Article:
Tuesday, February 12, 2019

The J. Milton Doremus House - 320 West 80th Street

In 1898 the Riverside Building Co. began construction of a row of eight rowhouses that would begin at No. 320 West 80th Street and wrap around the corner to No. 74 Riverside Drive.   In fact, the architect of the row, Clarence True, owned the development firm.  By now the prolific designer was so successful that he could be a one-man show; eliminating the need for a developer or contractor.

Clarence True routinely worked in historic styles and for this project he chose Elizabethan Renaissance Revival.  The total cost of the project was estimated at $266,000--more than $1 million each today.  Six of the homes were faced in red or tan brick.  No. 320 West 80th Street, on the other hand, wore a suit of chunky red ashlar which, coupled with the full-height rounded bay, gave this narrow, 17-foot wide structure a turret-like appearance.

True's choice of ashlar, the same sandstone used by Henry Hobson Richardson in his masterful North Congregational Church in Massachusetts, gave the structure a redder, less heavy appearance than the more ubiquitous brownstone.  While the blocks of the second through fourth floor were undressed, that ground floor facade was formally planar.  Here delicate carvings graced the arched openings, spandrels and the frieze below the cornice.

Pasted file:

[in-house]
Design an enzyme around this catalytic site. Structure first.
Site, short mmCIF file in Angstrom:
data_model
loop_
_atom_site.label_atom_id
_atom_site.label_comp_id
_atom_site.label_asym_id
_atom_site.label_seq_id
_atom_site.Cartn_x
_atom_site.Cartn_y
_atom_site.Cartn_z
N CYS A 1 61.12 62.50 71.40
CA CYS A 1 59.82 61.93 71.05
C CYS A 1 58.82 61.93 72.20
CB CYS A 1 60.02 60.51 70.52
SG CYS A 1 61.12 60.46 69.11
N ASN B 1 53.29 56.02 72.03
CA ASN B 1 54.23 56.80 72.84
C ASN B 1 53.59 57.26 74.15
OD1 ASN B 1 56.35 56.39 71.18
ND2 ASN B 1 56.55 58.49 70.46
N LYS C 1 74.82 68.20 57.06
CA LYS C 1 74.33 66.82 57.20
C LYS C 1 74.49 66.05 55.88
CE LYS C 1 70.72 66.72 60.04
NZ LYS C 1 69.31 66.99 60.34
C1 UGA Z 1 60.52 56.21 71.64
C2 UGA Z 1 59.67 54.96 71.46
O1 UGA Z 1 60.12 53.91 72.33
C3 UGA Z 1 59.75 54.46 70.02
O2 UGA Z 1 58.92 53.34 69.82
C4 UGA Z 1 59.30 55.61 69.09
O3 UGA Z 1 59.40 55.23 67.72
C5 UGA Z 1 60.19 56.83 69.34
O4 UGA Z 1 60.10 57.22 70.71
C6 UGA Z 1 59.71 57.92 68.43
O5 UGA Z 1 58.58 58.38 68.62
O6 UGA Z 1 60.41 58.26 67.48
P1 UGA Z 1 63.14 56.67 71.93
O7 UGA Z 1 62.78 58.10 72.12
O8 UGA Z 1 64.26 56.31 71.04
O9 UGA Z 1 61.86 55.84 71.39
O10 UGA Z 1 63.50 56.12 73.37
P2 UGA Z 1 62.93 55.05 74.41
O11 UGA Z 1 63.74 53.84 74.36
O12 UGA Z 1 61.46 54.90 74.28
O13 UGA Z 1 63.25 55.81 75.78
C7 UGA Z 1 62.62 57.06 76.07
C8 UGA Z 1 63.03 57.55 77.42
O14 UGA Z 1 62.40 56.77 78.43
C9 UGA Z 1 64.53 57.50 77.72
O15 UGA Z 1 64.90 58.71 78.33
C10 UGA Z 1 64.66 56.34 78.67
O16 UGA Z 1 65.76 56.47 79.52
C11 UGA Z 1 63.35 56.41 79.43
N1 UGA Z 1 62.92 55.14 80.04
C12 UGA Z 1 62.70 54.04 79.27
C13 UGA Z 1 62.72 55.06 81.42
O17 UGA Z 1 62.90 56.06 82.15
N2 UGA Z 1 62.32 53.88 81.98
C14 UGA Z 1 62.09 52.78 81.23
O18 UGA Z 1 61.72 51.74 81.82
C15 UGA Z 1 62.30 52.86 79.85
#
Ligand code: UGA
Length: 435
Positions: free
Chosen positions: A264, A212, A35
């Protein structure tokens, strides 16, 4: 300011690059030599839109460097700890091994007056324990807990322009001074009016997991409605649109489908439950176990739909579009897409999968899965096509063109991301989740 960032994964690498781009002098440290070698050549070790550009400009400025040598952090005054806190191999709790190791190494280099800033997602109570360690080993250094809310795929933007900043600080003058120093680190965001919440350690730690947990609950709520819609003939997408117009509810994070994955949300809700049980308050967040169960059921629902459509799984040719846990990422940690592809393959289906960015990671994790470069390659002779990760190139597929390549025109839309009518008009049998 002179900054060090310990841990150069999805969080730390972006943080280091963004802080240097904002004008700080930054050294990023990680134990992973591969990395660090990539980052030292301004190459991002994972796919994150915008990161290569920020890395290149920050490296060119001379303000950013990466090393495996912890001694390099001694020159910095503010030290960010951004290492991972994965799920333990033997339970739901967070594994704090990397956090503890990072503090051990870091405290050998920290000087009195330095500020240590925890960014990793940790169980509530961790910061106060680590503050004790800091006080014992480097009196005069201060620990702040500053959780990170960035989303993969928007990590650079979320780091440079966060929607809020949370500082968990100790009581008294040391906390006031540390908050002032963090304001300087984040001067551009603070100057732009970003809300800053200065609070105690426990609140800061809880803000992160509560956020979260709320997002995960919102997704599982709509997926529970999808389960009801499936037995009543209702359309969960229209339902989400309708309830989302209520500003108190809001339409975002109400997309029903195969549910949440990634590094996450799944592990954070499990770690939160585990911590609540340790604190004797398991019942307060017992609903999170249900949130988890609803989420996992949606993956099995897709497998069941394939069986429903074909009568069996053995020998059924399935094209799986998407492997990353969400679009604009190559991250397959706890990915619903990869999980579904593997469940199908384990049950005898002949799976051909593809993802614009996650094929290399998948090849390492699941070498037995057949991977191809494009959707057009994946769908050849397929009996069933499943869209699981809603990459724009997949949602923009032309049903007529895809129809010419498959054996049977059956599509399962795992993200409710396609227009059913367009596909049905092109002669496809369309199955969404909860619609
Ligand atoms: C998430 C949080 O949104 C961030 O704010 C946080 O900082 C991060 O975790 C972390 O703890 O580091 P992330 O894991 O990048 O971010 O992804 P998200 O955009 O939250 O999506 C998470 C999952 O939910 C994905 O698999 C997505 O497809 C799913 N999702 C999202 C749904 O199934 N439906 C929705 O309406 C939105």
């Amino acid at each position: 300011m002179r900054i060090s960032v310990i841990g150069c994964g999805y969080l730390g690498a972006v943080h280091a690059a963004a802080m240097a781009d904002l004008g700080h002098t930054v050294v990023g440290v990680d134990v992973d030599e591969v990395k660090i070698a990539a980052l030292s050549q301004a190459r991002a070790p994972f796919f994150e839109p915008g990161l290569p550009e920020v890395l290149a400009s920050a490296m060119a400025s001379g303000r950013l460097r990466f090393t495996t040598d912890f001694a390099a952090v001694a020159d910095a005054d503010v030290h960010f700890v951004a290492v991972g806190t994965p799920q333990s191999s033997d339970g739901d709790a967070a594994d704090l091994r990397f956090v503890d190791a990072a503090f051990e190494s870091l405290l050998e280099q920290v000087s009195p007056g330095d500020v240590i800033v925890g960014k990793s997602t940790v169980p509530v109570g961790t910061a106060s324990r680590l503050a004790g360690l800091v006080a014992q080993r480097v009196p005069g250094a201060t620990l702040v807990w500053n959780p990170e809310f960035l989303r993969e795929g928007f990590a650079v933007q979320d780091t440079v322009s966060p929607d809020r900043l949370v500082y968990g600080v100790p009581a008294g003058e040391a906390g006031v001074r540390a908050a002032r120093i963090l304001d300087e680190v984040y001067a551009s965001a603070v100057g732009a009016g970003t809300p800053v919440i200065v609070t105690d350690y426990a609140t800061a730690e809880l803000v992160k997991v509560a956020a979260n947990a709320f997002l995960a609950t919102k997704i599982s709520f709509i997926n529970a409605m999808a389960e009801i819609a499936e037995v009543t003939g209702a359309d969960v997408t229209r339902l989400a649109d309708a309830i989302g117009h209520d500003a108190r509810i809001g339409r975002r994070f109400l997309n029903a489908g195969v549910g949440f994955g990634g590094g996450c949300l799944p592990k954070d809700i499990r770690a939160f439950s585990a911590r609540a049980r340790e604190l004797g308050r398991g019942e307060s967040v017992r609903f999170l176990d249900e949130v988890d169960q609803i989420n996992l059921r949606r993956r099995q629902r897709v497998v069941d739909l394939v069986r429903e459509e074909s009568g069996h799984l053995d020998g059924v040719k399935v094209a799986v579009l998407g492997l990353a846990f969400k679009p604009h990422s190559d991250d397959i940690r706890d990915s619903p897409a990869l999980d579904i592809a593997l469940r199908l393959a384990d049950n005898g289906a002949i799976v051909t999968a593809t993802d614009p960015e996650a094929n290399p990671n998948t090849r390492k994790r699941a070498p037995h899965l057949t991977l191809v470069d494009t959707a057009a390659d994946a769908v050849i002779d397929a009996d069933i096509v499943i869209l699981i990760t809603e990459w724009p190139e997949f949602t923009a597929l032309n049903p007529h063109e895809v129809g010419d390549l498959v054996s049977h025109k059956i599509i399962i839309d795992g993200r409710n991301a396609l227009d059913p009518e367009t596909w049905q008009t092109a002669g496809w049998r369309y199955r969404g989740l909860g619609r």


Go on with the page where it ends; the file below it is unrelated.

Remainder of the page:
Facade repair resulted in the loss of carving.  True did his best to make the service entrance, right, unnoticeable.
The fifth floor took the form of a mansard with a single, lofty dormer.  The solid parapet here would have provided privacy to servants who moved bedding outside on steam summer nights.

No. 320 was quickly sold.  On April 23, 1899 The Sun reported that it had been "bought by ex-Postmaster-General Thomas L. James."   The very fact that James chose this house and block testified to the extremely upscale nature of the area.

Beginning his career as a printer and newspaper owner upstate, he had worked for the government since moving to New York City in 1861.  He reorganized the operations of the Custom House and quickly rose in governmental positions.  In 1873 President Rutherford B. Hayes appointed him Postmaster of New York.  As he had done with Customs, he overhauled the efficiency of the mails--increasing the number of deliveries, instituting a "fast-mail service," and expediting foreign service, for example.  When President James A. Garfield put together his cabinet, he selected James as his Postmaster-General.

When James took his position, the postal service was running at a $2 million deficit.  He attacked the problem as he always did--by reorganizing, ferreting out fraud and abuse, and in this case, reducing the clerical force.  His changes made up for more than the shortfall.  James resigned following Garfield's assassination, focusing on his office as president of the Lincoln National Bank.